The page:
"Monday Musings” are designed to get quick, insightful thoughts based around three questions from those interested in strategy, from the most experienced and lauded, to our newest thinkers/writers.
1 — Who had the greatest impact on you intellectually (whether through writing, mentorship, etc.)?
An obscure college English professor who took me aside one day 30 years ago and told me to start writing. I was taking a required course, Technical Writing for Engineers, and received a note back from him with an ungraded paper. When I went to see him, he was blunt and direct: “You’re either a plagiarist or the best writer I’ve seen in 25 years of teaching.” I wasn’t a plagiarist.
Under his guidance, I spent that last two years of college filling my elective time with courses intended to hone my skills and focus my writing toward publication. He encouraged me to set publishing goals – at least one professional article per year – and to challenge myself intellectually – to publish outside my comfort zone as often as possible. When he finally retired from teaching, his influence was still with me, and is to this day.
2 — What book (fiction, history, or academic) do you think best explains strategy?
When it comes to reading, I tend to internalize, synthesize, and expound on existing theory. So there isn’t one lone book that I would single out. Clausewitz brings the roots of complexity to strategy, Sun Tzu the logic, Jomini the reductionism, etc. In the realm of strategy, it’s better to read widely and dialog deeply. Build your own opinions and your own depth of understanding. Share your ideas, challenge conventions. If all you can do is quote one author or another, then you really haven’t developed a true understanding of the subject. You’re just a paper strategist with a good memory.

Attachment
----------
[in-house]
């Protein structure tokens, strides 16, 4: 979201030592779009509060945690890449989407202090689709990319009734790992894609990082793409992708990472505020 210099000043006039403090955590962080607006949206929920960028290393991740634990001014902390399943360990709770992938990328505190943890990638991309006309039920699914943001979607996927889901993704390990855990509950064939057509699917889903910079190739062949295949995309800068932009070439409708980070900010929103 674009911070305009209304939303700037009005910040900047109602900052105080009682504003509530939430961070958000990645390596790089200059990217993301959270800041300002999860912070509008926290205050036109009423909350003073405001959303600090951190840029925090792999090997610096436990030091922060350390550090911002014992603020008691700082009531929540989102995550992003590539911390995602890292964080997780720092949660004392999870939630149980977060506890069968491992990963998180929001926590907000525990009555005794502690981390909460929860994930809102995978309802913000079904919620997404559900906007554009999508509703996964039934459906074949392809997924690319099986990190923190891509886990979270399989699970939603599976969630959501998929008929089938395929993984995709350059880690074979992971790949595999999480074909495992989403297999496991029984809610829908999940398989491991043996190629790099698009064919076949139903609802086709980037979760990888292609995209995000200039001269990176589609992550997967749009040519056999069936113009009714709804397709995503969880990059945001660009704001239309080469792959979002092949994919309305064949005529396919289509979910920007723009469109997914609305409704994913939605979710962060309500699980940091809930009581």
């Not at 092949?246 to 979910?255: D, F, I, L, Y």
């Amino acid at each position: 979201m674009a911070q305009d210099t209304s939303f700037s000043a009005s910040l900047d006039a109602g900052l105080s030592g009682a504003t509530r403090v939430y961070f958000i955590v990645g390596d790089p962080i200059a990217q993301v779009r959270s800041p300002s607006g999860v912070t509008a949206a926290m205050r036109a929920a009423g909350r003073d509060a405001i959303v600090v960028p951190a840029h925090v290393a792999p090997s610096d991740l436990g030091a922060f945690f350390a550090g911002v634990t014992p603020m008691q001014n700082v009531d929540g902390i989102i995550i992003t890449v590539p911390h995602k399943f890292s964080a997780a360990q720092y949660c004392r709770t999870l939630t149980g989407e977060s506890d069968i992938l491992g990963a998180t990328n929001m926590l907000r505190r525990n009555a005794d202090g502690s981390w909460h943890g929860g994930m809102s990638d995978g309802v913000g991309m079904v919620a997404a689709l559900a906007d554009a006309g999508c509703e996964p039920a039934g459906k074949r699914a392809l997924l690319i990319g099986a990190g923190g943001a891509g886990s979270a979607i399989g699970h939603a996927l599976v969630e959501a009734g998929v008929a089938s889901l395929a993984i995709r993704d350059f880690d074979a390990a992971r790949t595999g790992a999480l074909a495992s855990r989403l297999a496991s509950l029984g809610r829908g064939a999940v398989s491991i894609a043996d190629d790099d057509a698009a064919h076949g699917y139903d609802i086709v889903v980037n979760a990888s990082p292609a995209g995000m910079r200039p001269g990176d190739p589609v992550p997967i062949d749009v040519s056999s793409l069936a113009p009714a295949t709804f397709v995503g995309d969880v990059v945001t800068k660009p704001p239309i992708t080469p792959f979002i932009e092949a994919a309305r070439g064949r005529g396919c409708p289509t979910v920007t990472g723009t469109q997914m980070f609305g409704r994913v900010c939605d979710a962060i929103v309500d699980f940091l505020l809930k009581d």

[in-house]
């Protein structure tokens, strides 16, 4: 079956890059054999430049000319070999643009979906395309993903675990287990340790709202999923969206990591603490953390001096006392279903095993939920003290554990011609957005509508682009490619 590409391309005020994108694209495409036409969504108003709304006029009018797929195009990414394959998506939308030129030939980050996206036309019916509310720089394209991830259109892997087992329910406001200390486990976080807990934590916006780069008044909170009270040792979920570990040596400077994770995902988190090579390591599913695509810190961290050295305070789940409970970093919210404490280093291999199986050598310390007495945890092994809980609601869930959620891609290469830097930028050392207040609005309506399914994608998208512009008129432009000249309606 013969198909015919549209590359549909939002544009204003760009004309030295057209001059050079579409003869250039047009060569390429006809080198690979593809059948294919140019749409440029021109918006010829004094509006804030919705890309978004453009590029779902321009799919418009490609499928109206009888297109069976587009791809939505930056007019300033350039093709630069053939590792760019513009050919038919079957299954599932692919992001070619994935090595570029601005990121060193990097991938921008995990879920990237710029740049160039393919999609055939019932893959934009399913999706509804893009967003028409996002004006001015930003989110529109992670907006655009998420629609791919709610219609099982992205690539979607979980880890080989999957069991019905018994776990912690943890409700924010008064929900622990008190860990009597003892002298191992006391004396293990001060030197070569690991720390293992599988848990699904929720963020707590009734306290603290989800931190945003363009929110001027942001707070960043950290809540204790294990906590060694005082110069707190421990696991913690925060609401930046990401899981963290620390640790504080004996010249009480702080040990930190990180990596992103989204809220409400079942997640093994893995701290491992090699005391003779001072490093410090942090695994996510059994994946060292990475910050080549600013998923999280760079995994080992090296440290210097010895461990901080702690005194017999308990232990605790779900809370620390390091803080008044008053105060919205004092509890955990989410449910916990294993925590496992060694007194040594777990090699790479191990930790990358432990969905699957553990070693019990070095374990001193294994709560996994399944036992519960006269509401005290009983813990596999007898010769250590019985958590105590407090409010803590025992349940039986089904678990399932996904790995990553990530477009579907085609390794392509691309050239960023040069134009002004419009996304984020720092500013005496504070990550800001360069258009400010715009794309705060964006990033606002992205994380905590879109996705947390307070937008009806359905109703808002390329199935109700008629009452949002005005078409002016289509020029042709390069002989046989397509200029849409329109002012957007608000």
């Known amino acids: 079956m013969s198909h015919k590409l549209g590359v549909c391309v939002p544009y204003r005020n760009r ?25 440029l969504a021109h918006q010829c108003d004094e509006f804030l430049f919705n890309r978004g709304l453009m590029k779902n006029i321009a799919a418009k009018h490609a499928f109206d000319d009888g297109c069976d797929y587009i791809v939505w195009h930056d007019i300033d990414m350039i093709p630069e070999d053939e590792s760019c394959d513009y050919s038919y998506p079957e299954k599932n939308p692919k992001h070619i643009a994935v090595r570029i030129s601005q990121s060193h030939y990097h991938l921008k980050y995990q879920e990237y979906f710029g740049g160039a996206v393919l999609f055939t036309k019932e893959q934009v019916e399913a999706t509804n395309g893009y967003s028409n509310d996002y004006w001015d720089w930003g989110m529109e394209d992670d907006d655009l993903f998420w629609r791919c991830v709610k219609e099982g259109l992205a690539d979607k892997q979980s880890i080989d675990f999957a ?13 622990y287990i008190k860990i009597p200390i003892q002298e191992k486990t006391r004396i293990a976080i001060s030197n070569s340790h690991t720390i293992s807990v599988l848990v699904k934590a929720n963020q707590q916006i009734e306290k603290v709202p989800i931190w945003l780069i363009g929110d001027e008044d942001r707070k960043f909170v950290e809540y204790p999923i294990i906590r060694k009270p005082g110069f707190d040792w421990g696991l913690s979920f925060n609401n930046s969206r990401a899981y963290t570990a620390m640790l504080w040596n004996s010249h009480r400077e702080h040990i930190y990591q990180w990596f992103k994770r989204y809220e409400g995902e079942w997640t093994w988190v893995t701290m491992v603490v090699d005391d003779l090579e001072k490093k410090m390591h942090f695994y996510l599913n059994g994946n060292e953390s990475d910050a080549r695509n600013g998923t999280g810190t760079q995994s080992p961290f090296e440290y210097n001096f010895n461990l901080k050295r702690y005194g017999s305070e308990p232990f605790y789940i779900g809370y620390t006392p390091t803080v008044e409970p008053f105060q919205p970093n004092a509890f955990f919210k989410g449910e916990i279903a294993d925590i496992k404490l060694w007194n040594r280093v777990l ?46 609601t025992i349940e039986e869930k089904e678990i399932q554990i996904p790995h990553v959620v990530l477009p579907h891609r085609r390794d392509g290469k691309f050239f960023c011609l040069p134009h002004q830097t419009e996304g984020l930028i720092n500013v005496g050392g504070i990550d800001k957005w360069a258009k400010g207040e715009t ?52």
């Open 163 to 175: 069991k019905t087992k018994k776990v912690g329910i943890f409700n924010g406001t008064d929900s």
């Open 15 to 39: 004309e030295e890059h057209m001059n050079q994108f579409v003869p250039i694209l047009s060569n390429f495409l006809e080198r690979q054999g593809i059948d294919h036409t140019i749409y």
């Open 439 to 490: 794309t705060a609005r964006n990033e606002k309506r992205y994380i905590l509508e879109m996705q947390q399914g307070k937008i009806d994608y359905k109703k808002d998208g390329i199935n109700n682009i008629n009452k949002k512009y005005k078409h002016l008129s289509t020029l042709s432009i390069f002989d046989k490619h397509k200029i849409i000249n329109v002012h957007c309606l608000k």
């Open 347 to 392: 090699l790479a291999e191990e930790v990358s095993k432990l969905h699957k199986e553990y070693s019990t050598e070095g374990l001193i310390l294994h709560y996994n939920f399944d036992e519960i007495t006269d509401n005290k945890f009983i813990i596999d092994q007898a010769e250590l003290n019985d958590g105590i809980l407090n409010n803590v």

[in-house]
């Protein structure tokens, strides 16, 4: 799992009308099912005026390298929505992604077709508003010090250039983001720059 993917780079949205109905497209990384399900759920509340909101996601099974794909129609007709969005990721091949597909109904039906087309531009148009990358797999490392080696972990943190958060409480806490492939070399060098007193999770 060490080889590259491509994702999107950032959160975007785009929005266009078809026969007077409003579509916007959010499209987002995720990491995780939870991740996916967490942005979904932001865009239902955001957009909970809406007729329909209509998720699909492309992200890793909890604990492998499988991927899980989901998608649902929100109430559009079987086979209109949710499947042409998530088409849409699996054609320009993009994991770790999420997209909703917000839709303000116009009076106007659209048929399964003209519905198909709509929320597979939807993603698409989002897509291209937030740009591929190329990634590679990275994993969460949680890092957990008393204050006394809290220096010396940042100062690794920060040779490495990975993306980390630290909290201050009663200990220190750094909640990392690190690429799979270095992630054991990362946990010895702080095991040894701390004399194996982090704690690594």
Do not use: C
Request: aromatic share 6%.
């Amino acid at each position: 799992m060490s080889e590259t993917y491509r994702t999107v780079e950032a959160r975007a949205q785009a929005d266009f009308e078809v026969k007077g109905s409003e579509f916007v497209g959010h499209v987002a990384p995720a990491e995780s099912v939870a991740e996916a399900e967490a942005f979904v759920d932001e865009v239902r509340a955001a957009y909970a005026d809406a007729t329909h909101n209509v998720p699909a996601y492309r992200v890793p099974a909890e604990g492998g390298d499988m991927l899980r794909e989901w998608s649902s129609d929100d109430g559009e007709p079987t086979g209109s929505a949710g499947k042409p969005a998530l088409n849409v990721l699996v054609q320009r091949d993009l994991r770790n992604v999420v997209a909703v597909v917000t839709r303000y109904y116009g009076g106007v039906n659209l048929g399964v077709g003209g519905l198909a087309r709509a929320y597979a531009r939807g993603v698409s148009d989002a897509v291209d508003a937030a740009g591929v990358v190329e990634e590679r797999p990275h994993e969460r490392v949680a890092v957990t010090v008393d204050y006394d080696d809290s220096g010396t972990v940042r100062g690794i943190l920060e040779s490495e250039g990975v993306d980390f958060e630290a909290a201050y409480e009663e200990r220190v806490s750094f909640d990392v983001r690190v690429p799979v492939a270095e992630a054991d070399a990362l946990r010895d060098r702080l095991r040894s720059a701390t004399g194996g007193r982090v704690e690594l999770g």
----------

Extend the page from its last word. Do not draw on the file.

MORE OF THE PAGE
3 — What do you want your legacy to be?
A legacy is a funny thing. We absolutely control what our legacy will be, but we often don’t think too much about it until it’s too late. This is a drumbeat I’ve been pounding for years. My own legacy? Twofold – one, writing; two, honest feedback.
For most of us – myself included – our writing offers our best chance at a lasting legacy. For that reason, I try to write as much as possible and encourage the same in others. Our writing provides a window into our lives, our thinking, our beliefs. To that end, organizations like the Military Writers Guild further that legacy significantly. You want to build a legacy? Start writing.
An old boss of mine once said to me, “With you, one thing is sure. You’re going to tell me what I need to hear, not what I want to hear.” That’s a legacy worth having, even if not everyone appreciates it. We all need to hear the honest truth, even if it hurts. Along the way, I’ve shared some brutal conversations with people, and received some in return. It doesn’t have to be personal and it doesn’t have to leave a mark, but it does need to be constructive and help us learn and grow.
Steven M. Leonard is a former U.S. Army strategist and the creative force behind Doctrine Man!! He is a founding member of the Military Writers Guild and a regular contributor to the Atlantic Council’s Art of Future Warfare Project. Follow his writing on The Bridge or his personal blog, The Pendulum, and on Twitter @Doctrine_Man. The views expressed in this article are those of the author and do not reflect the official policy or position of the U.S. Army, the Department of Defense, or the U.S. Government.
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